To Phoenix Suns fans, Wesley Johnson was a throw-in of the Robin Lopez trade that netted the Suns a future first-round pick likely in the 15-22 range sometime before 2016. He was a necessary part of the trade, in that Minnesota required the Suns to take Wes' multi-million dollar contract to consummate the deal for the future first rounder. Fans expected nothing from Wes, so really anything he provided would be a plus.
How does a #4 overall pick fall so far in just two seasons that his team is willing to include a future first-round pick just to get a buyer to take him off their hands? Especially when that former #4 overall pick is only on the books for one more season?
You'd have to ask the recently-fired Kahn about that. The trade with the Suns gained Minnesota $4.2 million in cap space that they were able to use in a large contract offer to Nicolas Batum (later matched by Portland) and eventually spend on Brandon Roy, who was signed at the end of July but hardly played last season.
In his rookie season (2010-11), Johnson started 63 of 79 games for the Wolves next to Michael Beasley, who played the SF position. The offense ran through Beasley while Johnson stayed on the perimeter to shoot threes (nearly half of Wes' shot attempts were 3-pointers, hitting 35.6%). The Wolves won very few games and the next summer they searched for a new head coach.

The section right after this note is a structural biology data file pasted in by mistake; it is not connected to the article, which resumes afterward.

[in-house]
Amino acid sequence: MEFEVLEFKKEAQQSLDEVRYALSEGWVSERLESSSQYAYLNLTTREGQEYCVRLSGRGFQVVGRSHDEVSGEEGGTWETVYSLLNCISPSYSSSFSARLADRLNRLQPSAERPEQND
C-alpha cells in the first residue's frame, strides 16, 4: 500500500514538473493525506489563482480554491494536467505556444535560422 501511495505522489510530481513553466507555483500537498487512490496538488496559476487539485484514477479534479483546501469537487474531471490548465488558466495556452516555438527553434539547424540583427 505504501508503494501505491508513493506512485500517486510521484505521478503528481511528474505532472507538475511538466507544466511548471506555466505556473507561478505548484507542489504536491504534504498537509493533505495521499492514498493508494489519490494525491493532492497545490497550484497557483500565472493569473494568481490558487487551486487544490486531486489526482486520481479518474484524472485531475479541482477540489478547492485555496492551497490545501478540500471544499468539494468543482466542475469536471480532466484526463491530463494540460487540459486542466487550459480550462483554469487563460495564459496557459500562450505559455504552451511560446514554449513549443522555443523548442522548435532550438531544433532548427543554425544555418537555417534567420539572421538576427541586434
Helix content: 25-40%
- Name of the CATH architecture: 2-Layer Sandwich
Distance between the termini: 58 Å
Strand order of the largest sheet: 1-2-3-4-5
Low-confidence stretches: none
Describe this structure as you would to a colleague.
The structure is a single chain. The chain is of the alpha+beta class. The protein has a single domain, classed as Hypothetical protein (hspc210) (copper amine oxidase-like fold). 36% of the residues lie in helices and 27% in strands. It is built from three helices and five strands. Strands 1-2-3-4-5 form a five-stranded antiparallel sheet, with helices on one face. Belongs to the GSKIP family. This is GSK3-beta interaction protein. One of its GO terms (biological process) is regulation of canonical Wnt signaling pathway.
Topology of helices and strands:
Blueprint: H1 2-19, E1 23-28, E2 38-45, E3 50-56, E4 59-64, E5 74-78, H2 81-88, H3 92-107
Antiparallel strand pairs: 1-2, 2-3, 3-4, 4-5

"One of the selling points to Rick [Adelman] on this job when he was watching film of the team, he really liked Wes Johnson," former Wolves President David Kahn recalled, about the hiring of Adelman in 2011. "And there was a lot to like about Wes. He was athletic. Even though he didn't have a ball that had a lot of rotation on it, seemed to go in from a distance. You could really see him developing into an elite defender."
Under Adelman, in a lockout-shortened season, Wes Johnson once again started most of his team's games despite failing to produce at a high level. He started 64 of 65 games but played only 22 minutes per contest, and averaged a meager 6.1 points on 39.8% shooting (31% on threes, once again nearly half of his shot attempts). Fans were baffled over Adelman's mancrush on Johnson.
Given that Wes Johnson was already 24, the Wolves knew they didn't have a future star on their hands so they got another team to take him and his contract.
"I just think one of the things we missed was I'm not sure at the time his commitment was what was necessary," Kahn said last week after being dismissed as team President.
First, let's look at his peers on the Phoenix Suns - other guys who could play the shooting guard position. Much like in Minnesota in his first two years, Johnson didn't have much quality competition. None of Shannon Brown, Jared Dudley or P.J. Tucker is a starting quality NBA shooting guard that demands the attention of the opposing team.
None of these guys are world beaters. Clearly, Dudley has the highest productivity and he did not like losing minutes to Wesley Johnson this past season.
"How I always feel is that the best people should play," Dudley said after the season ended, regarding his diminished role in the second half. "That doesn't mean the best people should start because that's not how it is, but you should play the most minutes. If Wes [Johnson] or P.J. Tucker, if they produce more than me then they should play more. And I think for the most part when Lindsey took over my role diminished a little bit and that's fair because we were out of playoff contention.
"But I definitely think I should play more minutes because I was the best wing."
While Dudley was frustrated, it was really Shannon Brown who lost everything when Johnson got his chance. Yet even factoring in Johnson's poor(er) shooting first-half, the two are pretty even across the board. And Johnson is two years younger.